On July 8, Visalia’s fixed bus routes, Dial-A-Ride, Sequoia Shuttle and V-LINE were all suspended as drivers went on strike.
It was startling to see the transit center so desolate. Throw in a rolling tumbleweed with the heat, and the scene would resemble a ghost town. No buses. No people. No movement. Nothing but a hot sun reflected and enhanced by a desert of cement.
The only movement for most of July was when members of the Teamsters Local 517 union and their supporters picketed. They gathered in the mornings for several days, enduring the Central Valley summer to make their message clear: “We are not backing down.”
There is always something inspiring about a union taking on large organizations. Perhaps because it’s one of the last ways the working class can create change in this country. Union strikes are reminders that we do have power, as long as we can work together.
Visalia is a medium-sized city with a population of almost 143,000, but Visalia Transit has routes to and from nearby cities such as Tulare, Farmersville and Exeter. In addition to its regular bus lines, Visalia Transit offers shuttles to Fresno, via the V-LINE that is commonly used by Fresno State students, and Sequoia National Park. All these lines are run through the national company Transdev.
During the strike, Greg Landers, Teamsters Local 517 secretary, explained the situation, “We spent two months on no economics in the contract, which is anything but money. So the first day we got into economics they broke up negotiations and said, ‘All we have is 5% to offer you; we don’t want to negotiate anything else.’
“The drivers wanted more sick time, they wanted more holidays and they wanted a $2.50 raise. The 5% raise [would be] about $1.32 an hour. We voted on it, and it got turned down by a large margin.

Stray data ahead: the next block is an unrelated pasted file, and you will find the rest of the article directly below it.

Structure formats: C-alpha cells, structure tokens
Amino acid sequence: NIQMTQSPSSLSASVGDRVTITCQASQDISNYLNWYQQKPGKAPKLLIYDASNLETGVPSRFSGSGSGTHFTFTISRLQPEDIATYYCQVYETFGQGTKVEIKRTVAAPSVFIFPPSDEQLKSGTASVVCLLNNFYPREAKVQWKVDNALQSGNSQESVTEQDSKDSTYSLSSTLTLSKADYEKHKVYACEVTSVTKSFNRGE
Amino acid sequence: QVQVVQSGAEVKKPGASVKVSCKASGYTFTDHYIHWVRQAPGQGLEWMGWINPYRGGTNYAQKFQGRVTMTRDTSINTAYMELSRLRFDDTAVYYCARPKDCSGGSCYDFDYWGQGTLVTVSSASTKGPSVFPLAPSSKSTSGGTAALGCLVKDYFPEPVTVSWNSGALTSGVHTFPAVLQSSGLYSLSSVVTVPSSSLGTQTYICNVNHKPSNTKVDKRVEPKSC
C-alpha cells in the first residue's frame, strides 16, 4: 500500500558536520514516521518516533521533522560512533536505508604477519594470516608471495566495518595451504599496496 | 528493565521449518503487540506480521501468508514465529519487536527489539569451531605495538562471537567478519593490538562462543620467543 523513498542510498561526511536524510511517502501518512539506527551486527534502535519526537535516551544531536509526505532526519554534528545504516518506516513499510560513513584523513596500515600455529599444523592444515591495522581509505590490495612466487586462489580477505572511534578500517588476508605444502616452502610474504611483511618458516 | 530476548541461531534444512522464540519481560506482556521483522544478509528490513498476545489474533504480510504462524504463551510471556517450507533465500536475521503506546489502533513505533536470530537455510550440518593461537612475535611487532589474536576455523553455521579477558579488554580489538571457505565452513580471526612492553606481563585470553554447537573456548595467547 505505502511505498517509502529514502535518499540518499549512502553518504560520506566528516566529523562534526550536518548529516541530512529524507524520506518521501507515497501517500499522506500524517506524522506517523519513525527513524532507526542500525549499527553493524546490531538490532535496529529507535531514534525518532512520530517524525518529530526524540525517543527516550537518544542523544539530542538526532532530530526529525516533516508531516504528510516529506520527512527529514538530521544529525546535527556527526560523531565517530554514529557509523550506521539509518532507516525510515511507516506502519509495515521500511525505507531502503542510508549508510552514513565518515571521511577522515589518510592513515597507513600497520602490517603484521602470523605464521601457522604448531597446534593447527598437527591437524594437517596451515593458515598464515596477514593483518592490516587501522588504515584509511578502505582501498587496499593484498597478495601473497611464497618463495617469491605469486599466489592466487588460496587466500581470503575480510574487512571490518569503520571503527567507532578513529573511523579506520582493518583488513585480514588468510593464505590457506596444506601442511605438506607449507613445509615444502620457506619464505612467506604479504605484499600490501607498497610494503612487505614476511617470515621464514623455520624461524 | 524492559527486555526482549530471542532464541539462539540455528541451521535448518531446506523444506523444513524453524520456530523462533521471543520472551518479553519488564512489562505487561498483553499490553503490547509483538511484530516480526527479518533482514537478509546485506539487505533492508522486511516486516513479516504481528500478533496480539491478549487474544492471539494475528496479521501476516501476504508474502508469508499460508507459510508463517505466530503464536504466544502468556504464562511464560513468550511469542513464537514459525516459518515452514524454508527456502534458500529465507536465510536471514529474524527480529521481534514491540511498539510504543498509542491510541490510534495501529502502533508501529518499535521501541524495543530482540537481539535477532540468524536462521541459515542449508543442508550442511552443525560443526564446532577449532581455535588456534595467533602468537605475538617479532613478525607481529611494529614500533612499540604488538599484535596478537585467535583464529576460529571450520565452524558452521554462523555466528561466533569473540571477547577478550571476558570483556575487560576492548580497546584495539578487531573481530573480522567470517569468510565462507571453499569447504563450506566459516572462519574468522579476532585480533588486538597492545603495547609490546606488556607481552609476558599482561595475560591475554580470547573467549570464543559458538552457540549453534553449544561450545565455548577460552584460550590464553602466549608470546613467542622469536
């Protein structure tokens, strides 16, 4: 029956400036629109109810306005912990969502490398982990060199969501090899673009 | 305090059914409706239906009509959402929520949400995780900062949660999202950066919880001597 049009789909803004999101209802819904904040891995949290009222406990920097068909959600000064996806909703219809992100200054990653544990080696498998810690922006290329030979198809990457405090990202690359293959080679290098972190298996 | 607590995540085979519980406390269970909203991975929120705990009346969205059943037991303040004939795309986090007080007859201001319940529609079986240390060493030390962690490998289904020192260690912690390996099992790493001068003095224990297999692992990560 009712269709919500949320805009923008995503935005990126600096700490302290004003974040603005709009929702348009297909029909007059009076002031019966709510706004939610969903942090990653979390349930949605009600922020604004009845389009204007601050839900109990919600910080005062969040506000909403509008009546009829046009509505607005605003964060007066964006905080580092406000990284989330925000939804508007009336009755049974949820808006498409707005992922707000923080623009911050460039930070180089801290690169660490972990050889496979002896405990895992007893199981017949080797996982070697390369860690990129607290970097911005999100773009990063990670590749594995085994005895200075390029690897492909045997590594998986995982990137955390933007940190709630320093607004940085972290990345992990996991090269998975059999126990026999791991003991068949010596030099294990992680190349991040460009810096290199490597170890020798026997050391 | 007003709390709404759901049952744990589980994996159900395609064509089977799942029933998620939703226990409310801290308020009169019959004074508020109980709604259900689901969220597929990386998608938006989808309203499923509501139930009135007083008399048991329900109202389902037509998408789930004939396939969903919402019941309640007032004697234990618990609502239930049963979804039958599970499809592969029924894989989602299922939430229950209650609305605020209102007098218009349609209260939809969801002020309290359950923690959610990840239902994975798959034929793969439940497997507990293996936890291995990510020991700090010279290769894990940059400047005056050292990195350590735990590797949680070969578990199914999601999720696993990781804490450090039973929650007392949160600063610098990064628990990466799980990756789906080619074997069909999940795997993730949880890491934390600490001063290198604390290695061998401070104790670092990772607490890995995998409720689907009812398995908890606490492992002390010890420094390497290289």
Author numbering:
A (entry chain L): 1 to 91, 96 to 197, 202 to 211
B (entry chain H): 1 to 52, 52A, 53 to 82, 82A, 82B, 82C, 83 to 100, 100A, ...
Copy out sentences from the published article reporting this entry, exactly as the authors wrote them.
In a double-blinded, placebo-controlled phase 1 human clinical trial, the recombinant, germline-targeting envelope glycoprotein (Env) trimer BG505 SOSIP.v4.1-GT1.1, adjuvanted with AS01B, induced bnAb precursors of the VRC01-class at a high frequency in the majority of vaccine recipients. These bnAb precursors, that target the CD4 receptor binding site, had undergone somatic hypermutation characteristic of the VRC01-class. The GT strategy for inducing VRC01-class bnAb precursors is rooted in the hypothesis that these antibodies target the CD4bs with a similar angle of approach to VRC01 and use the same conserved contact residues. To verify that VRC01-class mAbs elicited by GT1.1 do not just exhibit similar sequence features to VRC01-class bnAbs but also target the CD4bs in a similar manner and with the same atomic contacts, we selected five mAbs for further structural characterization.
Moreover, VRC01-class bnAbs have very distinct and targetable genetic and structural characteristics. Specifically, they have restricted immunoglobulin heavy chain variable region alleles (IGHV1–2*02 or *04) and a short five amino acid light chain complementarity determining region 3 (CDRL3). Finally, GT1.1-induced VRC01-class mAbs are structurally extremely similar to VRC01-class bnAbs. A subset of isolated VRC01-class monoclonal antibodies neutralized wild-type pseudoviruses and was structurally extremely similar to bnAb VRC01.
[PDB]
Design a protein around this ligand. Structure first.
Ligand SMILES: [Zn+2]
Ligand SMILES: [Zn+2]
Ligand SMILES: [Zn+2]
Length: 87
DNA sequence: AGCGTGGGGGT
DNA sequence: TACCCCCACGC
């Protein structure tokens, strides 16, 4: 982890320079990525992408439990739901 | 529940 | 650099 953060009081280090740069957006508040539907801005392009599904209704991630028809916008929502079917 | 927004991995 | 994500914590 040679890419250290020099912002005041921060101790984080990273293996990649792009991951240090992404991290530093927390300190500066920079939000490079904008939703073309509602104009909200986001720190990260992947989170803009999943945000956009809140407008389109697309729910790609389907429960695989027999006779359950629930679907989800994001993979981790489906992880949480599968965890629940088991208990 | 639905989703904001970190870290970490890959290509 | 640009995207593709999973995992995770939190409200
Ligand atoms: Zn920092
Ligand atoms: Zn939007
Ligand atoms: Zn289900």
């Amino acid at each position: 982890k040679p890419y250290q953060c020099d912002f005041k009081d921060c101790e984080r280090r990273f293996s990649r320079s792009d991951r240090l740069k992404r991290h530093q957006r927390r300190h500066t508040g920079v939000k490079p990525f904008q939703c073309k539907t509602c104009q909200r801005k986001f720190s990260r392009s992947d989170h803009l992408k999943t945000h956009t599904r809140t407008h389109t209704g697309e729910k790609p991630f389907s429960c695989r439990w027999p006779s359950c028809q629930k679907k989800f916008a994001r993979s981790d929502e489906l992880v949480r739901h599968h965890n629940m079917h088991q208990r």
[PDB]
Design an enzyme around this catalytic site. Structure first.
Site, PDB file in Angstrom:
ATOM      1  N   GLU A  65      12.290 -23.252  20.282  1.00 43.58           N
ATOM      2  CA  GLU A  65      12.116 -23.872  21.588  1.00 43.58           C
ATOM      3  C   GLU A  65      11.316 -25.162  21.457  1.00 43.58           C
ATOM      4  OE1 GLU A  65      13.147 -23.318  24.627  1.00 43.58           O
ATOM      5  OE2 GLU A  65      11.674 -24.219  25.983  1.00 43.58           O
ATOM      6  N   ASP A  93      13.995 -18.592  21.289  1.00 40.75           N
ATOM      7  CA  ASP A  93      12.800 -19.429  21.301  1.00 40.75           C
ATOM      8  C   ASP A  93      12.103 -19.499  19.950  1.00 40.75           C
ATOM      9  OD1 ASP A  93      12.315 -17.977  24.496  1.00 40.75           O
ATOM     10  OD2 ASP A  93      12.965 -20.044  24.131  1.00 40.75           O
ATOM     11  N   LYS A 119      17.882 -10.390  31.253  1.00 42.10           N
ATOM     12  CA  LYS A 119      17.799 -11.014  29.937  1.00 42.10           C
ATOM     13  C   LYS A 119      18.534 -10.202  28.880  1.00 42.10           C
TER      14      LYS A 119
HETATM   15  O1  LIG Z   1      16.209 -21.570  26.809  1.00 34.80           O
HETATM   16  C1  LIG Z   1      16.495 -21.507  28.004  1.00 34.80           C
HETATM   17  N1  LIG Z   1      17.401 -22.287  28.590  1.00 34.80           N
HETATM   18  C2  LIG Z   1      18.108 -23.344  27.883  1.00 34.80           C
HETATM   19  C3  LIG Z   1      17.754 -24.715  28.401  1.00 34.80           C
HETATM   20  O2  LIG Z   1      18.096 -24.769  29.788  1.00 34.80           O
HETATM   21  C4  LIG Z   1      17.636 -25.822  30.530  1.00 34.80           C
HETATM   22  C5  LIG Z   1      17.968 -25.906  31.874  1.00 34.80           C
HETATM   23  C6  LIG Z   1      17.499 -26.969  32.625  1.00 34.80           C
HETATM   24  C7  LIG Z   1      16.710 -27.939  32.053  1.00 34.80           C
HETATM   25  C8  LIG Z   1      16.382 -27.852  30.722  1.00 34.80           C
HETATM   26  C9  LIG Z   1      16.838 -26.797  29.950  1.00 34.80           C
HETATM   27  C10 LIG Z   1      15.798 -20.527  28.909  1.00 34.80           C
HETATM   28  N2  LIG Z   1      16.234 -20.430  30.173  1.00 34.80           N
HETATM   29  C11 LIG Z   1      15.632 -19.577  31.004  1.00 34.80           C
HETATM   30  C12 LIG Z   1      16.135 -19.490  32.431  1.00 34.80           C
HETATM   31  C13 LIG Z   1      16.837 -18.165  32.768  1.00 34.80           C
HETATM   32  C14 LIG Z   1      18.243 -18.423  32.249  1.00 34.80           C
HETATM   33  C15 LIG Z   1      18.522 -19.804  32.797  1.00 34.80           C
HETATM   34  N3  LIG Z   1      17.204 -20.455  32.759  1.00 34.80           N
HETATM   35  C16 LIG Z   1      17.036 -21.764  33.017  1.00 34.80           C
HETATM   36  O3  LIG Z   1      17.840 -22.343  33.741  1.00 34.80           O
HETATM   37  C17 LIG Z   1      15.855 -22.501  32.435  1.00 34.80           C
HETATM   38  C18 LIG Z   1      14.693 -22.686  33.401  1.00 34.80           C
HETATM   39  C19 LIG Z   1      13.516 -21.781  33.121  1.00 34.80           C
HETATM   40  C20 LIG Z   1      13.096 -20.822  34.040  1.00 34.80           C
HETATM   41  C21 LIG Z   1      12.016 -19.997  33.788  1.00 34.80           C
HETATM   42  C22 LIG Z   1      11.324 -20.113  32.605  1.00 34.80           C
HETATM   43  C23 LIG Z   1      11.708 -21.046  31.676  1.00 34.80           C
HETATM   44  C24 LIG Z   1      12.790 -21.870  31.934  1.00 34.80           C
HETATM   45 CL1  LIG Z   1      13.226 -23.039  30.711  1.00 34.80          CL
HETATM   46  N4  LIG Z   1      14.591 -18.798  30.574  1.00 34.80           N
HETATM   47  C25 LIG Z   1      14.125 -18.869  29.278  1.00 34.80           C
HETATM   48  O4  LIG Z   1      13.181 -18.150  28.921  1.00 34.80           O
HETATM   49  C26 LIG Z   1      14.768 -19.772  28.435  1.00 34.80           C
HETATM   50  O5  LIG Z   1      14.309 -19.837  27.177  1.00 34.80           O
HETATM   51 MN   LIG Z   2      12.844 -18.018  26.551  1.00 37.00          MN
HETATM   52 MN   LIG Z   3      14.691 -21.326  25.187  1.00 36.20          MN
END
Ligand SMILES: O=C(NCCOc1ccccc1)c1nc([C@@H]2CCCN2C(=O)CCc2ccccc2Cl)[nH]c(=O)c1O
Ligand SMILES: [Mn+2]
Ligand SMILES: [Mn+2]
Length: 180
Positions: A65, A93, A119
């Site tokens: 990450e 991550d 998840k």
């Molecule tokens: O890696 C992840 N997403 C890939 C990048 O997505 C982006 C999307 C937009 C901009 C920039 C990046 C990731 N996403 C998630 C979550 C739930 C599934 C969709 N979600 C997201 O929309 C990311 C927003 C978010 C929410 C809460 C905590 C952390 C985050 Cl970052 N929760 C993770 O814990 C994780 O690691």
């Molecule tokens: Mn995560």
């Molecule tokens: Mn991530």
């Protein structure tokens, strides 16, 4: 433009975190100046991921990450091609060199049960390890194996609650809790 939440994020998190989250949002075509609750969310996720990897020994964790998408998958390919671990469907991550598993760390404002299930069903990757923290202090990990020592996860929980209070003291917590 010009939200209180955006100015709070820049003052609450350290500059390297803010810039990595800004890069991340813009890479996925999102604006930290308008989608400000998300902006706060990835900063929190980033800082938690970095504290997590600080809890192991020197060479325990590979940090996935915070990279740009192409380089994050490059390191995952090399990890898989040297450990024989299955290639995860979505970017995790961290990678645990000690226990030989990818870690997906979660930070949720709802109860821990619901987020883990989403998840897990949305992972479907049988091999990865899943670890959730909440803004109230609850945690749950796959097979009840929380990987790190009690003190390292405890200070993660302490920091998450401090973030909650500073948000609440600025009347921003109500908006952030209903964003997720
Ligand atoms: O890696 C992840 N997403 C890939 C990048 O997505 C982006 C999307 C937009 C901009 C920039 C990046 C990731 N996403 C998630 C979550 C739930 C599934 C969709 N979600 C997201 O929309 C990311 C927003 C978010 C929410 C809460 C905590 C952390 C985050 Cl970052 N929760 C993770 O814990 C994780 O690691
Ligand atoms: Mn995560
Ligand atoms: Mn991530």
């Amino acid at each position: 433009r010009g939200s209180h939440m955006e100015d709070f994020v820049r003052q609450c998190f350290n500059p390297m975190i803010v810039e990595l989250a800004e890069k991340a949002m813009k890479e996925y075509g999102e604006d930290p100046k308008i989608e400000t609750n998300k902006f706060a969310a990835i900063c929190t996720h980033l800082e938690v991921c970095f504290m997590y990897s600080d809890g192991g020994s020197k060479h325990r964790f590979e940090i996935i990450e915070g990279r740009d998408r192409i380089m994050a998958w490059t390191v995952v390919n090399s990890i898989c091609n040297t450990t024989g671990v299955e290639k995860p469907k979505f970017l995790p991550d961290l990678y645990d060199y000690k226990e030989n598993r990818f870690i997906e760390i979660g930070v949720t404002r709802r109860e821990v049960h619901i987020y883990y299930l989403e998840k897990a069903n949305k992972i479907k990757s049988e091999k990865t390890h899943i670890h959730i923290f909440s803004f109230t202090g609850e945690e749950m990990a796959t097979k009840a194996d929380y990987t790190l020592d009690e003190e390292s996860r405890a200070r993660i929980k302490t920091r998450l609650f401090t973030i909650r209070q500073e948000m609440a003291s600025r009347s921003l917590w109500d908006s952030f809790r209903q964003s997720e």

“The company came back and instead offered us $2, but they didn’t say ‘yes’ to anything else we had asked for. We said, ‘No, this other stuff is very important to us.’ We voted on it and gave the company a seven-day extension because our contract expired on June 30.
“We went out on July 7. They came back to us, still offering $2, two vacation days extra, which is what we wanted, but only one more sick day. We aren’t going to vote for it. They know our demands. Until they meet our demands, we aren’t going to vote for it.”
Visalia’s city motto is “The Gateway to the Sequoias,” and people from all over the world depend on the shuttle to see the giant trees. Many hotels and restaurants depend on tourists staying in Visalia while visiting our national parks, and without this shuttle their stay in Visalia becomes less convenient and therefore less likely to happen.
Many Fresno State students from Visalia, Tulare and other neighboring cities often take the long ride via the transit to school without any other option if they don’t have access to a car.
This, of course, doesn’t even touch upon people who depend on public transit for their day-to-day activities. Getting groceries, going to the laundromat, doctor appointments, work, daycare—all these necessities come to a screeching halt. Except that’s not how it works. Life and our responsibilities don’t stop because we need them to. Kids still need to be fed and bills still need to be paid. You still have to get to work on time.
And this truth weighed heavily on the bus drivers on strike. “It breaks our hearts knowing there’s so many people that depend on the transit, but we need to put our drivers and their families first right now,” said Landers.
There was hope when the strike started in July that it wouldn’t last more than a week and that Transdev would agree to the union’s terms. However, the strike went on for more than a month.
According to the Teamsters website, “This is the third time Transdev has caused Teamsters to strike in California in less than three months.” This makes one consider the working conditions that this company puts its employees through.
A federal mediator came to Visalia and met with the union and Transdev on Aug. 17. Following that, the City of Visalia and Transdev posted that an agreement had been reached on Aug. 18 and that service would again begin on Aug. 19.
Landers confirmed that the “federal mediator was able to get Transdev to move on more sick days and some language changes that will benefit the employees. It was enough to get the members to ratify the contract.”
The strike ended after 42 days.